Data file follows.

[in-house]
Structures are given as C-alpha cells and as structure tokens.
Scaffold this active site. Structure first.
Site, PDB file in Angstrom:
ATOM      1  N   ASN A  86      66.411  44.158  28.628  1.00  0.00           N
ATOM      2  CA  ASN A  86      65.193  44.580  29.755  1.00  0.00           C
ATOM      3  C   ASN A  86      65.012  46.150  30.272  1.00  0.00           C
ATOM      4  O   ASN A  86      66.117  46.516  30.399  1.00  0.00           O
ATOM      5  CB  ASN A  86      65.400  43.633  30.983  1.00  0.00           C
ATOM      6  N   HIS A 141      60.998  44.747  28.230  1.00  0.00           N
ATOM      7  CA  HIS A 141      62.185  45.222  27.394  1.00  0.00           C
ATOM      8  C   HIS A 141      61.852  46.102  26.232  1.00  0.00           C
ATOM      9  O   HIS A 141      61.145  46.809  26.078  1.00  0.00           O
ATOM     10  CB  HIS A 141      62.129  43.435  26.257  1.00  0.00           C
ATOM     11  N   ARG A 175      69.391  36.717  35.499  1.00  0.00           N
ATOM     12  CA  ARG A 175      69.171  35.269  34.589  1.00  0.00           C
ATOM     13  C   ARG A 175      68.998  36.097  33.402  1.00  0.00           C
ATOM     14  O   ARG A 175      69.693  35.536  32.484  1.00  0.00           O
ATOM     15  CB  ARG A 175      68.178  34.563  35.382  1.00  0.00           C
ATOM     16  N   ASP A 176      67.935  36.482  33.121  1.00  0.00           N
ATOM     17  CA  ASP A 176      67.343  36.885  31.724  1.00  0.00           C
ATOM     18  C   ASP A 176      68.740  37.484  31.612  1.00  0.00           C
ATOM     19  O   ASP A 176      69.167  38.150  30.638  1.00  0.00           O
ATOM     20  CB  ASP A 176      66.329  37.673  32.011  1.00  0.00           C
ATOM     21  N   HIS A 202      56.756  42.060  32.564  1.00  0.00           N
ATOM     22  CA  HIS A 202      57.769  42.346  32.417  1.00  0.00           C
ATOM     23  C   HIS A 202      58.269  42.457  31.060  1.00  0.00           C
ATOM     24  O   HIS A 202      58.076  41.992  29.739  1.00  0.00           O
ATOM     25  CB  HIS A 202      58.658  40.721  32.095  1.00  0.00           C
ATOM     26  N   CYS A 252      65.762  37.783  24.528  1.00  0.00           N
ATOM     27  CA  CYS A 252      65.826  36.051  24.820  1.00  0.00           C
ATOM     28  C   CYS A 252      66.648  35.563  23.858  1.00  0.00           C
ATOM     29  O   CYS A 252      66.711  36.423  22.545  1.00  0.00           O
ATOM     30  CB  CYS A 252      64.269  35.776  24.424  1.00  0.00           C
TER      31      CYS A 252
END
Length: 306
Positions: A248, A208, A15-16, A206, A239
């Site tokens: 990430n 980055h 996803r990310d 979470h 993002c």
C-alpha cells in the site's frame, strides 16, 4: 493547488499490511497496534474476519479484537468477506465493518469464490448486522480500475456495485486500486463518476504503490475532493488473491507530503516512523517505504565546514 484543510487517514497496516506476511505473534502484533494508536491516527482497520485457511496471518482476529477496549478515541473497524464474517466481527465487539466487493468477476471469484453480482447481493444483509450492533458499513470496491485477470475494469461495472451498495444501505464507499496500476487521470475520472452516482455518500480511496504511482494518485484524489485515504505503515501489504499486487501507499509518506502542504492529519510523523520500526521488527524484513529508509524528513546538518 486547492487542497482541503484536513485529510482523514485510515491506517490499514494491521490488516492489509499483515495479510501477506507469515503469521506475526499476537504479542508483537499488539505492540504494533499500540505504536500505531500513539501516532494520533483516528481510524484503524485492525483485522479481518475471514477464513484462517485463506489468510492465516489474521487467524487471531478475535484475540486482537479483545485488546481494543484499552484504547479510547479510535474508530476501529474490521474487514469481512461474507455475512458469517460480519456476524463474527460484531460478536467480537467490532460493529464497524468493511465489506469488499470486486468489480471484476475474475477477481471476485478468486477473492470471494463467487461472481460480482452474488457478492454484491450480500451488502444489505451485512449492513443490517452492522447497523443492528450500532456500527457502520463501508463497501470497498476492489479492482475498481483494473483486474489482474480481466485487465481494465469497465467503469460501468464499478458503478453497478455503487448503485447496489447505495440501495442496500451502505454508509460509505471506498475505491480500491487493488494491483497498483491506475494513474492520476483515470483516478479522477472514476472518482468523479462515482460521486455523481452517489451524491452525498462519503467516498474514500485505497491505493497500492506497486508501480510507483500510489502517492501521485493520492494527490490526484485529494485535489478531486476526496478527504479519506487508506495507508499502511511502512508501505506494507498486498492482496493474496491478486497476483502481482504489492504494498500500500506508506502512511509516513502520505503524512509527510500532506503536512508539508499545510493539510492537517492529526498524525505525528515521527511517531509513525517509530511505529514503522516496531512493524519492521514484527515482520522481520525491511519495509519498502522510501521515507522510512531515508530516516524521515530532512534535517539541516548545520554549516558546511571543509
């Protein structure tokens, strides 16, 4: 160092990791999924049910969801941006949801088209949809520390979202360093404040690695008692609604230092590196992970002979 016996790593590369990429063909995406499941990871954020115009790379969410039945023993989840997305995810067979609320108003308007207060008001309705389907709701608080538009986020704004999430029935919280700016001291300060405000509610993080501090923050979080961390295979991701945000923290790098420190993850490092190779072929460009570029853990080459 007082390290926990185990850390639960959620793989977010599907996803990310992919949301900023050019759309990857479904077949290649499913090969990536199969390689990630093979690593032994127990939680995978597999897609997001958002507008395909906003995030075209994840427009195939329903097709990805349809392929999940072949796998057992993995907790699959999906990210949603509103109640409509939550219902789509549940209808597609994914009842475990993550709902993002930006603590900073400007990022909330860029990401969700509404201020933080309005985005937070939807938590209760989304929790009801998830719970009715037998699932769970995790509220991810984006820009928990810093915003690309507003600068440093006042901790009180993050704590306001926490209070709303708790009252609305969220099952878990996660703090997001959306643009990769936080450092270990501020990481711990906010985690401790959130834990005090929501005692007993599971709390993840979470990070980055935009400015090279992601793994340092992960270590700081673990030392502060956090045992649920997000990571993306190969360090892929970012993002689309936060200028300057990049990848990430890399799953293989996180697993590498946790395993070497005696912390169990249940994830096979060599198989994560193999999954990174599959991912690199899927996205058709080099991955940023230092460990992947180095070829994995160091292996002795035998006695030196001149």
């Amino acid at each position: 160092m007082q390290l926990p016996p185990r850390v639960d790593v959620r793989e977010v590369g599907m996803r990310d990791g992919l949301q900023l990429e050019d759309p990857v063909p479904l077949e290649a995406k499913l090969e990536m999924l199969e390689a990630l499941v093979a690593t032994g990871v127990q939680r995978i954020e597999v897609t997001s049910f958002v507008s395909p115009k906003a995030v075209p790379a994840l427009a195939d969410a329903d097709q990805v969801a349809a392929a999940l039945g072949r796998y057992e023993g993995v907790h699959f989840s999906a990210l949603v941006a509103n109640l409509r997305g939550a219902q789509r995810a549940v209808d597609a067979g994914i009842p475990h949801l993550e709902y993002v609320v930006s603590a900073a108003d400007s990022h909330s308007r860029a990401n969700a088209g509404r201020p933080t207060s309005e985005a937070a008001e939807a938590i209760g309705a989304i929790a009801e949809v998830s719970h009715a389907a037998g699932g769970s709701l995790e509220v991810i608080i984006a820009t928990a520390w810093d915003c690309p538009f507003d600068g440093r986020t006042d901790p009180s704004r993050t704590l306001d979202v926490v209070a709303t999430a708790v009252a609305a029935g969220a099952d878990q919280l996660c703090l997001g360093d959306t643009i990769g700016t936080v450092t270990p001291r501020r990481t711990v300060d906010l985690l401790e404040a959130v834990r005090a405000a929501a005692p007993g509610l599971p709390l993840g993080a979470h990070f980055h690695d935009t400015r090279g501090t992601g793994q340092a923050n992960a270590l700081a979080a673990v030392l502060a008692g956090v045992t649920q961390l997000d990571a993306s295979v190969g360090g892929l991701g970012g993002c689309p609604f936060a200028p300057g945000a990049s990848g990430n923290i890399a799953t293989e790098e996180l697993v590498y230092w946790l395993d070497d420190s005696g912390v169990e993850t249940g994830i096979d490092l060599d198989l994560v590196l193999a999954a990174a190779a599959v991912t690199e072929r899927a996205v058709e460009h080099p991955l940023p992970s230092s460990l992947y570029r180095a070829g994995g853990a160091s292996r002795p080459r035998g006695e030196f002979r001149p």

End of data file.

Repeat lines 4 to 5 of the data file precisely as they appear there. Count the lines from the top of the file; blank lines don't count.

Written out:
Site, PDB file in Angstrom:
ATOM      1  N   ASN A  86      66.411  44.158  28.628  1.00  0.00           N